Park Seo-Yeon, a 33-year-old South Korean woman who lives in Incheon, just west of Seoul, has quit her job to spend up to three hours a day eating. The elaborate meals she consumes are eaten in front of a camera, the live footage streamed for a massive online audience. Think that sounds crazy? Maybe not when you consider how much she’s earning to do this rather bizarre work: more than $9,000 a month.
Yeah, it sounds like one of those ubiquitous ads you see on the sidebar of so many websites: “Make $$$ from Home!” But what do you have to do to get it?
In Park’s case, she pretty much just plants herself in front of a webcam and chows down: on four large pizzas, say, or up to six pounds of beef, reports CNN (which also notes that all this food is consumed over the course of several hours—it’s not like you’re watching a daily hot-dog-eating contest or anything).
And Park isn’t some strange, singular phenomenon in South Korea. Known as the Diva online, she may arguably be the most successful example of a growing Korean trend known as “muk-bang” (“eating broadcasts”), but she’s not the only one. Reuters estimates that some 3,500 South Koreans have taken to eating online in exchange for cash.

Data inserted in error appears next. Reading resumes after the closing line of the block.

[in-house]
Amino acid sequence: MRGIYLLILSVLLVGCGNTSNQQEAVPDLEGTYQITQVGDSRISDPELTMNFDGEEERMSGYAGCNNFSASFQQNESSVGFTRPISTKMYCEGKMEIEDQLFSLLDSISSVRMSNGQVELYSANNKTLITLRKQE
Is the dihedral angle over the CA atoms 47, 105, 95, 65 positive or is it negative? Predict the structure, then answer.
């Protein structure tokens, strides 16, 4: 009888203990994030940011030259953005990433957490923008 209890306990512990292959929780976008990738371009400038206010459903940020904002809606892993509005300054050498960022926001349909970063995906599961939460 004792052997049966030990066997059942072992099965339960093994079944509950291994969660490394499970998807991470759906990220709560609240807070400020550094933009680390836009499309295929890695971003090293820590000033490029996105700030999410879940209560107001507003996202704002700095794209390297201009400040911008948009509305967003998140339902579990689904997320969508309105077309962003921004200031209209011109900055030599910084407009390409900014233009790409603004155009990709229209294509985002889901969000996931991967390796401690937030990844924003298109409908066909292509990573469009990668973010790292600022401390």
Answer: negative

So what’s lost in the translation here? Voyeuristic Americans may automatically assume there is more to the story; surely the Diva’s online “performances” involve more than just eating (like, say, lingerie or whipped cream).
Nope. In fact, her audience skews decidedly female—about 60 percent are women.
As one regular female viewer tells Reuters, “It feels as if I’m eating that much food with her. I think that’s what the show is about, and probably it’s comforting for people who eat alone.”
Indeed, Reuters reports that if current demographic trends hold, one-person households could make up a third of the South Korean population in the next 15 years—and that’s a lot of lonesome eaters yearning for some companionship.
“A lot of my viewers are on diets, and they say they live vicariously through me,” Park tells CNN, “or they are hospital patients who only have access to hospital food so they also watch my broadcasts to see me eat.”
Park’s daily broadcasts are shown live on South Korea’s popular AfreecaTV streaming site. It’s free to watch, but viewers not only can chat with Park but also voluntarily send “virtual balloons” that she can convert to cash.
That’s right: The more than $9,000 Park makes each month appears to come entirely from donations, though she has been approached by food companies seeking to sponsor her show.
Clearly it would be all too easy to make fun of what Park is doing, and plenty of her viewers already have. “I get some really awful commenters who make me reexamine ‘why am I doing this again?’ ” she tells CNN.
But ultimately Park appears to be fulfilling a necessary—if somewhat depressing—cultural niche, one born of an increasingly tech-driven yet socially fragmenting society. “At the end of the day, the positive feedback overwhelmingly outweighs the bad,” she says. “So I am happy to continue.”